Projects across the AREAS region

From India to Indonesia, reversing the decline

The projects include protecting and restoring habitat, increasing anti-poaching patrols, using the latest GIS technology to create accurate maps for land-use planning, translocating rhinos to strengthen existing populations and establish new ones, and collecting population data to improve management strategies for Asian elephants and rhinos.

AREAS also address a number of crosscutting issues affecting its projects, including wildlife trade, elephants in captivity, and human-elephant conflict.

Read about the Elephant and Rubber band model

WWF has long realized that the Asian elephant and the three rhino species (Indian or greater one-horned, Sumatran and Javan) are important components of the ecosystems in which they live, including many of the most biologically rich ecoregions in the world. For example, rhinos and elephants are important seed dispersers who create natural disturbances that plant communities depend on for regeneration.

Flagship species to inspire conservation
WWF focuses particular attention on a small number of globally important 'flagship species': the giant panda, tiger, marine turtles, great apes, whales, elephants and rhinos in both Africa and Asia. These charismatic creatures inspire conservation efforts for themselves as well as for other important species and habitats.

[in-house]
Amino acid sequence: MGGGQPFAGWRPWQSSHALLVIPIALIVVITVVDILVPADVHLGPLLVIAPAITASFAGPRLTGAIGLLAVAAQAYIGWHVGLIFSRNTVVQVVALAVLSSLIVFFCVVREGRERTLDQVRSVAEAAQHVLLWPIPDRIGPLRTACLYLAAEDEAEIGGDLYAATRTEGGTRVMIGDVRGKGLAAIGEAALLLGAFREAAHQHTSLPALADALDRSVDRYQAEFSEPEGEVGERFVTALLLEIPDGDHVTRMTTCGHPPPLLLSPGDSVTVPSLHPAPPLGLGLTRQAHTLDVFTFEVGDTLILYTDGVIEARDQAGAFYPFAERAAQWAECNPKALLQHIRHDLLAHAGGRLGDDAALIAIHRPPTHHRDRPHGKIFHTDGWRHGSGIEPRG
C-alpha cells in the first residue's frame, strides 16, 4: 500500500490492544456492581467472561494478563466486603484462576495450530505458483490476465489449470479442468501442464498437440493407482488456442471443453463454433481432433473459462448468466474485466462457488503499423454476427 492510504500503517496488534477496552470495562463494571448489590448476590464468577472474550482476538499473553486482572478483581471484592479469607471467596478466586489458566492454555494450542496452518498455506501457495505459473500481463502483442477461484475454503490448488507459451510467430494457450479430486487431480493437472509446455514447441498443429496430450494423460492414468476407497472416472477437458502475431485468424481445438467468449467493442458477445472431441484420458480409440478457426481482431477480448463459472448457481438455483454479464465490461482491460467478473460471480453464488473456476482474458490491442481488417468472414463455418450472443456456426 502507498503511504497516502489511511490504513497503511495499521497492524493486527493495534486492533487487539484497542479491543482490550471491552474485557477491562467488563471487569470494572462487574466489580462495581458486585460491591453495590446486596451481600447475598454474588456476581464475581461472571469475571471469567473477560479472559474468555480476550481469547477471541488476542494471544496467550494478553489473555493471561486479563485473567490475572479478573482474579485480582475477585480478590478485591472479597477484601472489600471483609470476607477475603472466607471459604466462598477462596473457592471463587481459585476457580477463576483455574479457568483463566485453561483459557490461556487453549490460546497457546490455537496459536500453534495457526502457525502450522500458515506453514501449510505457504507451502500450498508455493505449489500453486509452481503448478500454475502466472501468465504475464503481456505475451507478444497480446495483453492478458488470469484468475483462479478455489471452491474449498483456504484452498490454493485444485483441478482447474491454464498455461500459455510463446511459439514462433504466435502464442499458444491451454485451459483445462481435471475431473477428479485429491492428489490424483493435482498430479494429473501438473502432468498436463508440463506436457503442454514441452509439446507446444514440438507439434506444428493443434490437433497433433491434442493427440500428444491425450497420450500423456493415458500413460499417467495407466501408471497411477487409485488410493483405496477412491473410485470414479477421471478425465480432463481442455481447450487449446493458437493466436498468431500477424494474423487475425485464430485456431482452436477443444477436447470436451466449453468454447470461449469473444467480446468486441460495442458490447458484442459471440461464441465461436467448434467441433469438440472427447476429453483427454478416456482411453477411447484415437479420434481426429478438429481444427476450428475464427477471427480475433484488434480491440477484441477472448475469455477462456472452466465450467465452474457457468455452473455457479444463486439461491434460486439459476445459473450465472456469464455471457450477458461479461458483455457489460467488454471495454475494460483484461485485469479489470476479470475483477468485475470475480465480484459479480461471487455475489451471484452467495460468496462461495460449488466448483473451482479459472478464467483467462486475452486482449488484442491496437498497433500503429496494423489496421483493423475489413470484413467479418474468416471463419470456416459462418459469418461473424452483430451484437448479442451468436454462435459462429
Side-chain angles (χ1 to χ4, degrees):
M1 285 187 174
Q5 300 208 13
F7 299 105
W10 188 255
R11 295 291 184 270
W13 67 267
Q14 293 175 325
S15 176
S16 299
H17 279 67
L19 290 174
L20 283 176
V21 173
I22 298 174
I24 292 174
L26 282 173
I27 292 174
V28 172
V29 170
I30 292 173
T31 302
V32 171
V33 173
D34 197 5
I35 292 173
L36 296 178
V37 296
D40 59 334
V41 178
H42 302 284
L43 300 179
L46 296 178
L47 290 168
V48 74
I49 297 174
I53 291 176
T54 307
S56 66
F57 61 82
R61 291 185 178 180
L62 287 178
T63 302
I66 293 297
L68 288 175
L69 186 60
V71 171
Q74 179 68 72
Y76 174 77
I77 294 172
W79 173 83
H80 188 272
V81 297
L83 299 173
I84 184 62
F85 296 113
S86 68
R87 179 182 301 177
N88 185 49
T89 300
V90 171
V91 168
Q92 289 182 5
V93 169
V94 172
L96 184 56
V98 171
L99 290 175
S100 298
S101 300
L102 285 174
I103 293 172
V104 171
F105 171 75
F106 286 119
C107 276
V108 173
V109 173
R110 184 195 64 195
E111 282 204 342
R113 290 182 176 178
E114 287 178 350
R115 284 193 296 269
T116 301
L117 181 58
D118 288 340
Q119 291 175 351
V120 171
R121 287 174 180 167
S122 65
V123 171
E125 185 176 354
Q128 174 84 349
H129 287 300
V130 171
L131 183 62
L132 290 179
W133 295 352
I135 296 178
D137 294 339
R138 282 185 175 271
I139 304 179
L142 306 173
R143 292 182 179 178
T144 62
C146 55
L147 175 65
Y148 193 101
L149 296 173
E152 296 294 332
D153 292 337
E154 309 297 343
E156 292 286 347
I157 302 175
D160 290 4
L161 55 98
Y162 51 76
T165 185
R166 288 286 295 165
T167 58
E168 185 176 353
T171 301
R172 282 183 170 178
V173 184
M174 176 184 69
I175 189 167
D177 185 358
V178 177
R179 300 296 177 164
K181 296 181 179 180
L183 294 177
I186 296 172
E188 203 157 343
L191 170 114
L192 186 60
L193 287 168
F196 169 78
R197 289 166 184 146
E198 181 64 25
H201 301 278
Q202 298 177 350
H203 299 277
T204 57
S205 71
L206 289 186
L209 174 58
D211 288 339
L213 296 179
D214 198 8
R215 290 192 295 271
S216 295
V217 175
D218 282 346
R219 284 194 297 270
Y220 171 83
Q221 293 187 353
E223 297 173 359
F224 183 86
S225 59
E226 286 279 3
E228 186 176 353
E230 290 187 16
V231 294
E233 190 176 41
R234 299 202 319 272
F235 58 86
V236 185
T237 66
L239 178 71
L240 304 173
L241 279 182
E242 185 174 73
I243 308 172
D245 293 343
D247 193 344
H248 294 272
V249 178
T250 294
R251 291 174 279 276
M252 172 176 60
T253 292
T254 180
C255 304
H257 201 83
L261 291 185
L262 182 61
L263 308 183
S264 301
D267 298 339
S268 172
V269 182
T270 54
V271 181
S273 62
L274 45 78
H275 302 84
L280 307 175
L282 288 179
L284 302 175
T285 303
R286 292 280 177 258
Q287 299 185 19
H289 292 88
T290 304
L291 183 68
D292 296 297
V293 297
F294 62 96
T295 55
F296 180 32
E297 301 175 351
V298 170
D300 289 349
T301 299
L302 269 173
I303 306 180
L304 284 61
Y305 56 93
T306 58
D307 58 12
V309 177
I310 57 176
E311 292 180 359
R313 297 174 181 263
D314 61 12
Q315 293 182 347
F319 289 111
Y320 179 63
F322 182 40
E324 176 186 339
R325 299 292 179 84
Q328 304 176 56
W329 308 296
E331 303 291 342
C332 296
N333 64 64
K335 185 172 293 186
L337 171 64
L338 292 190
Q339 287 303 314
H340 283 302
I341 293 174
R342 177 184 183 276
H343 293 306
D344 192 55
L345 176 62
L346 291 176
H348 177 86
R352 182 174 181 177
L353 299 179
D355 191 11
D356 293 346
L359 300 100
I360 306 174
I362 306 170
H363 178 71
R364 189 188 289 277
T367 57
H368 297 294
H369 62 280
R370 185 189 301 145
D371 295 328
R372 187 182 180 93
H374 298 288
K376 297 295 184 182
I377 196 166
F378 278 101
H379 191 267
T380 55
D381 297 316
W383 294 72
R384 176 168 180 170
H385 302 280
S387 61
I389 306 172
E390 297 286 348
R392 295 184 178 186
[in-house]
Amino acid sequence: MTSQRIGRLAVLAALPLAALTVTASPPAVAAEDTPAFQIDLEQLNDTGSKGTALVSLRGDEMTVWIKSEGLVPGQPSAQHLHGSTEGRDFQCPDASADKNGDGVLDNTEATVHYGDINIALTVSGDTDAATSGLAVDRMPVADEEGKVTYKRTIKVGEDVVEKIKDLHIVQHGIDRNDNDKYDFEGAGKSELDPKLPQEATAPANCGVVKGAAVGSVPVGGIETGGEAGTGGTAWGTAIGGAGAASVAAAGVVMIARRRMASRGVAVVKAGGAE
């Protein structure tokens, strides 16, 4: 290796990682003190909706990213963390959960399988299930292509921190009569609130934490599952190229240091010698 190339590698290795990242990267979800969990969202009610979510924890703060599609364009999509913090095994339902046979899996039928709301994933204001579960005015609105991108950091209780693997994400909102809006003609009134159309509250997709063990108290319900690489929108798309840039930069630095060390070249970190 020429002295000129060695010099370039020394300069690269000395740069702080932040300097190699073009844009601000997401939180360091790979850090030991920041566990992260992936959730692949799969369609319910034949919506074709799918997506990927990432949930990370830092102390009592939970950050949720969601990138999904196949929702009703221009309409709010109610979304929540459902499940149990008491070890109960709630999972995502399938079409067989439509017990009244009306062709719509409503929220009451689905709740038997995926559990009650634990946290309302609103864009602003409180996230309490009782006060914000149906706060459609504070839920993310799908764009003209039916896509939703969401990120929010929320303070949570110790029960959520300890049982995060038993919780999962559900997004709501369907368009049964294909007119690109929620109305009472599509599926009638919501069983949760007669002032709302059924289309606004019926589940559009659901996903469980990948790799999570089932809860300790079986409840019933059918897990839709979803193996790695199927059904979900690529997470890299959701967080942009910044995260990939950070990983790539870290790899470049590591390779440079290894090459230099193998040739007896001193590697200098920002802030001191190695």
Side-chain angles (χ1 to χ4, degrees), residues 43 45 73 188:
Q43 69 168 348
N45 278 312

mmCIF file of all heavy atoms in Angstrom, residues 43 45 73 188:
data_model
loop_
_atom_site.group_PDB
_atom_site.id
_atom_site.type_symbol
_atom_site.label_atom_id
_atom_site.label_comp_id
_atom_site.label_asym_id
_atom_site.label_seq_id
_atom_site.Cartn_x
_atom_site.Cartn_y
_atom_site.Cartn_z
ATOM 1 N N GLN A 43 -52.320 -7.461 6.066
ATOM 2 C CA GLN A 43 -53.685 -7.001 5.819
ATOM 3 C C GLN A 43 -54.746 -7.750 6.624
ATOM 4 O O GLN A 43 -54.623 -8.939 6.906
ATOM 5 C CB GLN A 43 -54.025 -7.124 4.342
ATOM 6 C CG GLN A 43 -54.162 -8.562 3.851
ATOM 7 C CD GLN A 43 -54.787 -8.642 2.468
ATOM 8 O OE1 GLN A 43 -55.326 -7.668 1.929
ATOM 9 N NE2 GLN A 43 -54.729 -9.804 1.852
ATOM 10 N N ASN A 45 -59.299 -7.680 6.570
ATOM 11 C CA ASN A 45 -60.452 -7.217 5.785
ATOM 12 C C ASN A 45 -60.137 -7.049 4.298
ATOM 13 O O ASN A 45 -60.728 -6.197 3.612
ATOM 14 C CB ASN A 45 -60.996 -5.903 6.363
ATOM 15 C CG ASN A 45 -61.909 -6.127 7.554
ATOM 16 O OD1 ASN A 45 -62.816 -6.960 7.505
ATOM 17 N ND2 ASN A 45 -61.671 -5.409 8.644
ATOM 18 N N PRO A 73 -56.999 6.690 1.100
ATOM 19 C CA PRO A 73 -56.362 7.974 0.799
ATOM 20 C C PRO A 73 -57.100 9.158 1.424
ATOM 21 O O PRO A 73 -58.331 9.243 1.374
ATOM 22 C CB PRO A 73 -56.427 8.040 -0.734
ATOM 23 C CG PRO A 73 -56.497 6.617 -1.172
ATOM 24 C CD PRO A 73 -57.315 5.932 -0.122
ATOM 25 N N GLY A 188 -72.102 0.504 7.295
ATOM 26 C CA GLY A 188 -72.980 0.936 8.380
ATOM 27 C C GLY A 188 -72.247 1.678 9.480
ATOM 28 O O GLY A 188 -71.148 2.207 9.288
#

Pachyderm populations limited by habitat size and quality
Rhinos and elephants require large areas to support viable populations. In many of Asia’s relatively small protected areas, these species lack adequate ecological resources to increase in numbers. The animals are unable to utilize surrounding areas without conflicting with human interests outside their reserves.

Landscape approach
Therefore, the only chance to maintain or rebuild rhino and elephant populations in many areas is to foster a rational and coherent approach to land-use planning, taking wildlife and human needs into account. This landscape approach to conservation includes expanding existing reserves, creating new reserves where possible, and linking protected areas by restoring habitat corridors.
To be successful, this approach must also address the needs and concerns of local people and other stakeholders, aim to reduce human-wildlife conflicts, and lead to policies at the national, provincial and local levels that help make conservation a sustainable land-use choice.

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